42109. Mr Cameron.
—Might I take the liberty of asking you first, how far the system of deer forests, which constitutes the principal subject of this paper, affects you yourself in your trade as a butcher. Does it affect you favourably —the system of sportsmen coming to this country and holding deer forests, or does it affect you unfavourably?
—It affects me favourably so far as they will buy from me, but unfavourably so far as I may be required to pay from 10s. to 15s. over the net value of stock.

42110. Will you explain how the system of deer forests compels you to pay 10s. or 15s. over the net value of stock?
—By decreasing the number of stock available for the consumption of turnips and grass in the Lowlands.

42111. Have you ever made any calculation as to what extent the number has been decreased by deer forests?

42112. Don't you think that the quantity of sheep which could be raised or fed in the present deer forests must form a very infinitesimal number compared with the sheep reared throughout the United Kingdom?

—I am perfectly well aware of that, if you take the United Kingdom, but in the North Isles it is very considerable indeed, and the want of it is felt.

42113. But in these days of railways from one end of the country to the other, the void created in one part of the country is immediately supplied from another part of the country, where the article exists in superfluity?
—It is quite true that cattle and sheep may exist in superfluity in another part, but you are aware of the severe restrictions now in force to exclude them from this country. Therefore the void cannot be made up so easily as it might otherwise have been.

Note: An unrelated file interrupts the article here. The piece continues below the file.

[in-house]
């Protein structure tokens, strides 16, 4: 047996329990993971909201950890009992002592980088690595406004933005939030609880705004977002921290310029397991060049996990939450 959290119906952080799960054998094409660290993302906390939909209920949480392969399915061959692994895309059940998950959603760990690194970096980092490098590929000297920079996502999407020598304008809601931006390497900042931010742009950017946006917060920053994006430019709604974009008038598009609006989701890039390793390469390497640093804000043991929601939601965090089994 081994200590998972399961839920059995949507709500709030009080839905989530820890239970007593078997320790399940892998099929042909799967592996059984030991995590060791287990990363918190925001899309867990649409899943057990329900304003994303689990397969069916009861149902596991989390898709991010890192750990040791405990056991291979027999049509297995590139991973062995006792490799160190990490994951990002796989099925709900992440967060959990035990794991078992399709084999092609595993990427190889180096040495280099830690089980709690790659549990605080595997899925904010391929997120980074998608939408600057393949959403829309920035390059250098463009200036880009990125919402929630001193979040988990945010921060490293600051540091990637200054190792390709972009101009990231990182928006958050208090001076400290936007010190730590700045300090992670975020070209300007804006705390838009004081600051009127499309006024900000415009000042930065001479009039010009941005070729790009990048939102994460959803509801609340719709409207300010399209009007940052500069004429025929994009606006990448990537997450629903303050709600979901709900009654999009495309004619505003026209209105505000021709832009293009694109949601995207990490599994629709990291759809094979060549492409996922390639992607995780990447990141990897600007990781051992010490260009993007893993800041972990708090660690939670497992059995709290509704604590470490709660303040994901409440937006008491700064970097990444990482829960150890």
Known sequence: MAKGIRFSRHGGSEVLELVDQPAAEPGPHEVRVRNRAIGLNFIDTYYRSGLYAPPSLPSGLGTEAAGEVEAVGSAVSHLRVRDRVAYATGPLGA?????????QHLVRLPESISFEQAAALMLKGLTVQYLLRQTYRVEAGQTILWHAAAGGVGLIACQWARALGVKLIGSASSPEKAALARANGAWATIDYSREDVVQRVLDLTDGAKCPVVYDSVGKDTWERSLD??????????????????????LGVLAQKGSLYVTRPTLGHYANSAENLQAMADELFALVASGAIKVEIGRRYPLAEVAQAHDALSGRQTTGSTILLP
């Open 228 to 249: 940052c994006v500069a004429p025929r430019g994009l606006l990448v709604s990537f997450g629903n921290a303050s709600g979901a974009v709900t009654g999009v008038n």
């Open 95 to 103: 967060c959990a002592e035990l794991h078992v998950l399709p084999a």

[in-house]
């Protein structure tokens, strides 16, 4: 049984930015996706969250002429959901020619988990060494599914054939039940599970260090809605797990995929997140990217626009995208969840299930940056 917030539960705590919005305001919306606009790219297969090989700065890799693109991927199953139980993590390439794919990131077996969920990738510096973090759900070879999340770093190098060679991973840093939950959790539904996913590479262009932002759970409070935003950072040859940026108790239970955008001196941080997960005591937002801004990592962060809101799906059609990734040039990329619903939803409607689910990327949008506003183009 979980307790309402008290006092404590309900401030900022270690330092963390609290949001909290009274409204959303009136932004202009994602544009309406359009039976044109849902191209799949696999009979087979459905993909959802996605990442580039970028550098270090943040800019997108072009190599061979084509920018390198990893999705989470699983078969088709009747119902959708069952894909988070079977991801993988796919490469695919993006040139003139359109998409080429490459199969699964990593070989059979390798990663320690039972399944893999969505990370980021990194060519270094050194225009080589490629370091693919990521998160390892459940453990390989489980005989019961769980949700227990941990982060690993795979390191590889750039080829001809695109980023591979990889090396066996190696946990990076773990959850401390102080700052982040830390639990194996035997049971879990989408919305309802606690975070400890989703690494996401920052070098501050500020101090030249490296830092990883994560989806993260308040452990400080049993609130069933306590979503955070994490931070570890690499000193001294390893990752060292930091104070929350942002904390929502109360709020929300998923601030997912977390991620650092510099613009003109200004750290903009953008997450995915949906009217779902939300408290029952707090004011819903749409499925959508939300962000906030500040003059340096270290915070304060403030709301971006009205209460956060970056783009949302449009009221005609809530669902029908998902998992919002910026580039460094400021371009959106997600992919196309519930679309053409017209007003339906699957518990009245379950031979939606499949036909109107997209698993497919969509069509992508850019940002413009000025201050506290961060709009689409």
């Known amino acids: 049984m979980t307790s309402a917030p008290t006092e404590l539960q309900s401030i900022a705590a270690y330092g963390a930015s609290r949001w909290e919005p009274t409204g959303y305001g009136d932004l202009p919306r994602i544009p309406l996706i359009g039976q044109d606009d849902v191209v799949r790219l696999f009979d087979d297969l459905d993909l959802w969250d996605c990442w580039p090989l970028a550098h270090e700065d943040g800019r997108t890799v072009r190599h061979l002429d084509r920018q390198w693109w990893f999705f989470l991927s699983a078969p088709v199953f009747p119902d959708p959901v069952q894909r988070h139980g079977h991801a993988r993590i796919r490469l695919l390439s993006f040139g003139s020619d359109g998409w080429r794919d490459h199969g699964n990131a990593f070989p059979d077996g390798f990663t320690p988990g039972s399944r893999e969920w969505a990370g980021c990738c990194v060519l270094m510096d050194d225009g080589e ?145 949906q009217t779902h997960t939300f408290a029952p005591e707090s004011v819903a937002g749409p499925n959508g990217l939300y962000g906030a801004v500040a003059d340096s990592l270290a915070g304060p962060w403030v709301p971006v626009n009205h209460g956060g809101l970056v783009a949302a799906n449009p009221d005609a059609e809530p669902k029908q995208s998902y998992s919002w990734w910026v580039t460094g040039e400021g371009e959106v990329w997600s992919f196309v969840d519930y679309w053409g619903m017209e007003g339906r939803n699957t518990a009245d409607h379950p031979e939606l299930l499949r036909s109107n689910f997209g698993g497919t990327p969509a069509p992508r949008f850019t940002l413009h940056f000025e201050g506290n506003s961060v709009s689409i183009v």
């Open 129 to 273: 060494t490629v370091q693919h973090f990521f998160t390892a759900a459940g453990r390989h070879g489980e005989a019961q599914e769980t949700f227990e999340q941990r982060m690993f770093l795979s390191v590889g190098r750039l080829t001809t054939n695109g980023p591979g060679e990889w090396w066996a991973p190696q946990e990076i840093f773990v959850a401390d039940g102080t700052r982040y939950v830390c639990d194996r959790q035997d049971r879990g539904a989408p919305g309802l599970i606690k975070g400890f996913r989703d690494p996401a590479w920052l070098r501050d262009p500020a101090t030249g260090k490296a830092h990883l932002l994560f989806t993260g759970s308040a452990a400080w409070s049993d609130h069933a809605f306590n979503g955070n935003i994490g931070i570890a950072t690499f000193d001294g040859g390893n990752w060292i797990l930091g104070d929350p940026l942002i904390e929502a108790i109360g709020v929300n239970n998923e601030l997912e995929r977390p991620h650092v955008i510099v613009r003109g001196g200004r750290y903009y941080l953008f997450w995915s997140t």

42114. But surely we may hope these restrictions are only temporary?
—And the deer forests too.

42115. As you give that for a reason why the void cannot be filled up, I suppose you admit if there were no restrictions the void could be filled up by sheep brought from other places?
—May I ask from where?

42116. From the rest of the United Kingdom, wherever sheep are bred?
—It appears to me that they are exceedingly anxious to get hold of the balance of ours. If they are so plentiful in other parts of the country, why are they so anxious to carry off ours?

42117. Why should they not buy them wherever they can get them? But you have never made any calculation as to the number of sheep that have been displaced in the Highlands by deer forests, as compared with the rest of the country?
—I have looked into it, but I did not follow it out. I said already I don't dispute that the amount may be very small for the United Kingdom, but it is very large for us.

42118. Suppose that deer forests, for some reason ceased to exist altogether, and the number of sheep increased in the Highlands to the extent that the price would be reduced, would not the Glasgow butcher at once find that out, and would he not buy the sheep here in such quantities that the price would be at once equalised?
—I would not object to that; if all could be supplied, the more the better.

42119. What I point to is that in these days of railway communication prices must be equalised by the surplus being conveyed about from one part of the country to the other?
—Nothing more reasonable.

42120. Then, if the number of sheep displaced by deer is infinitesimal compared with the number over the whole of the United Kingdom, it would make very little difference in the supply of animal food either to yourself as a butcher or to the community ?
—The difference would not be very great over the whole kingdom, but here, if we do not get stock
near hand at reasonable prices, what are we to do with our grass and roots?

42121. You stated there was a difficulty on the part of the farmers in the Lowlands in finding sheep to consume their turnips?
—I stated they are exceedingly anxious to get the remainder of our sheep.

42122. Now, the demand, you say, by sheep farmers for Lowland wintering has greatly lessened during the last two or three years. Have you had that on the authority of sheep farmers?